An inguinal hernia happens when part of the intestine or other tissue pushes through a weak spot in the abdominal muscles. The bulge that forms can hurt, especially when you cough, bend over, or lift something heavy. But a lot of hernias don't hurt. A hernia in the groin is not always dangerous. It doesn't get better on its own, though, and can lead to problems that might harm you. If you have a painful or growing inguinal hernia, your doctor will likely tell you to have surgery to fix it. A common surgery is to fix an inguinal hernia.
A groin hernia is another name for an inguinal hernia. It is the most common kind of hernia in the groin. An inguinal hernia happens in the inguinal canal, which is a passageway that runs down each side of your pelvis and into your sex organs. A femoral hernia is a less common type of groin hernia, and it happens in the smaller femoral canal that runs under it.
A hernia happens when tissue from one part of your body pushes through a hole in your muscle wall and into another part of your body. There are different kinds of hernias that happen in other body parts. Most people who have a hernia have an inguinal hernia. It occurs when something like belly fat or a loop of intestines pushes through a hole in your lower abdominal wall. This is the wall between your belly button and your groin.
Here are the main types of inguinal hernia in females:
When you have a direct inguinal hernia, the bulge goes right through the wall of your inguinal canal. Adults get this kind of hernia over time because their abdominal muscles weaken, and they keep putting pressure on the muscle wall.
A hernia that comes in through the top. It is called an indirect inguinal hernia. Most of the time, this is caused by a problem at birth. During development in the womb, the openings to some babies' canals don't close all the way.
Here are the main causes of Inguinal hernia in females which are as follows:
A bulge in the groin or scrotum is the main sign of an inguinal hernia. It usually feels like a round lump and may be uncomfortable or painful. The bulge could take weeks or months to form. Or it can come on all of a sudden after doing something that puts stress on the back.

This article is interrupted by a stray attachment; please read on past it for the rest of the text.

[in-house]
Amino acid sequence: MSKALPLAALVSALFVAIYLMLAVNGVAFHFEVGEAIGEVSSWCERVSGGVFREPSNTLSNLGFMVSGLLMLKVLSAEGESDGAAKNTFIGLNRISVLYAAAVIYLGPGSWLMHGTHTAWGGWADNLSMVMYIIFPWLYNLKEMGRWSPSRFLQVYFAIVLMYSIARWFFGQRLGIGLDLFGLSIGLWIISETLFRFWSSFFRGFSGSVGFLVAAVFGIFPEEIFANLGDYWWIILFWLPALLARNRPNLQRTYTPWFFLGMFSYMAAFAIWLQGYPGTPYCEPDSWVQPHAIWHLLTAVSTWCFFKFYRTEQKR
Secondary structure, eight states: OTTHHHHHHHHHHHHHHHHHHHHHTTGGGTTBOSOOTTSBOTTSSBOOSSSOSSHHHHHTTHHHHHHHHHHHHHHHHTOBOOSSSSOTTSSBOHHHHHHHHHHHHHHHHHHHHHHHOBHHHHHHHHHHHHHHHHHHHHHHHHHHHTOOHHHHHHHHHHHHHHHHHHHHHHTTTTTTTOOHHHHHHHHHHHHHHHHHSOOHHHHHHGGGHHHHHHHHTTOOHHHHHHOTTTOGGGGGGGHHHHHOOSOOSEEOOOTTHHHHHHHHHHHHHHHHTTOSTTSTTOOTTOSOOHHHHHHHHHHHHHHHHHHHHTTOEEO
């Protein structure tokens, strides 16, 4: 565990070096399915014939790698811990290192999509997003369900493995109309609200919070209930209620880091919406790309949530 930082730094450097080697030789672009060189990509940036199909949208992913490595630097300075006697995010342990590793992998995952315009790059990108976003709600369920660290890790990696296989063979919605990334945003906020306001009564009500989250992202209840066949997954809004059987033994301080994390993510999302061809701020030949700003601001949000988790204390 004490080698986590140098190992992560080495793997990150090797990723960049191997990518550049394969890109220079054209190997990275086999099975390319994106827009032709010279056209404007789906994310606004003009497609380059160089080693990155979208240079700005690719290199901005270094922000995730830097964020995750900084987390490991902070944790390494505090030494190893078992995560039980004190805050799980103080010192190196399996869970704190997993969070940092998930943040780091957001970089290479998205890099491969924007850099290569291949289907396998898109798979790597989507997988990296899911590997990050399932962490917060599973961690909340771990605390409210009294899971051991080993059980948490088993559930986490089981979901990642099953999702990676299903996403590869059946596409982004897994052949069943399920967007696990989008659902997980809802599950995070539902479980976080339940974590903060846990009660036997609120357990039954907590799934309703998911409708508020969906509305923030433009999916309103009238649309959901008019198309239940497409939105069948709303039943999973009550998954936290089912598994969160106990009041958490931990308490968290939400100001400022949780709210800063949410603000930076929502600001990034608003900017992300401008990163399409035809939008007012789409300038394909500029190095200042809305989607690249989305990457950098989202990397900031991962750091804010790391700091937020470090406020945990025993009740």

In developing and developed countries, inguinal hernia surgery is the most common type of general surgery. About 2 out of every 1,000 people have this surgery every year. Surgery doesn't have to be done right away, but if a doctor finds an inguinal hernia, they need to watch it closely to see if the symptoms get worse. If the hernia tissue gets stuck or locked up, surgery will be needed more quickly.
The two main types of surgery are:
Open hernia repair: Most of the time, this is done while the person is completely unconscious. The fat and intestines are moved back into the abdomen through a cut in the groin. A piece of synthetic mesh is often put over the weak spot to keep it from happening again.
Laparoscopic hernia repair: Small cuts are made, and a thin tube with a camera on the end, called a laparoscope, is put in. This is usually done while the person is under general anesthesia. The repair process is done by following the images from the camera.
Because of how the body is built, inguinal hernias usually happen to people assigned to males at birth (AMAB). Your testicle starts above the lower wall of your abdomen and goes down through your inguinal canal to your scrotum. The opening where your testicle goes through is more likely to get a hernia because it already exists. This makes it easier for the opening to get bigger. And sometimes it doesn't even close all the way when it's being made.
People with a female body at birth (AFAB) have a narrower inguinal canal that starts under their abdominal wall. It carries the round ligament that supports their uterus, and this tough ligament helps to strengthen their muscle wall. But women with diseases of the connective tissue may be more likely to get hernias in the area where connective tissue joins the uterus to the inguinal canal. Babies who are AFAB may also be born with congenital indirect inguinal hernias.
Up to 75% of all hernias happen in the groin area. About 25% of those who are AMAB and 2% of those who are AFAB will get an inguinal hernia at some point in their lives. Direct inguinal hernias are more common in middle-aged and older men who have brought them over time. Up to 4.5 percent of children, including 2 percent of babies born AMAB and 1 percent of babies born AFAB, can get indirect inguinal hernias. Babies born early are up to 30% more likely to get one.
Most people heal faster after a laparoscopic hernia repair than after an open hernia repair, but complications are rare in either case. For a few weeks, it's best to avoid intense activity and heavy lifting, and painkillers are often given. Hernias can come back even after they've been fixed, so patients need to follow their doctor's aftercare instructions and advice to lower the chance of it happening again.
Q. Is it necessary to treat inguinal hernia?
A. Yes, if a hernia isn't treated, the part of the intestine that sticks out could get bigger and squeezed, which would cut blood flow to the surrounding tissue.
Q. What kinds of fruits should we eat in the case of an inguinal hernia?
A. Try fruits like apples, pears, melons, and berries instead of citrus fruits.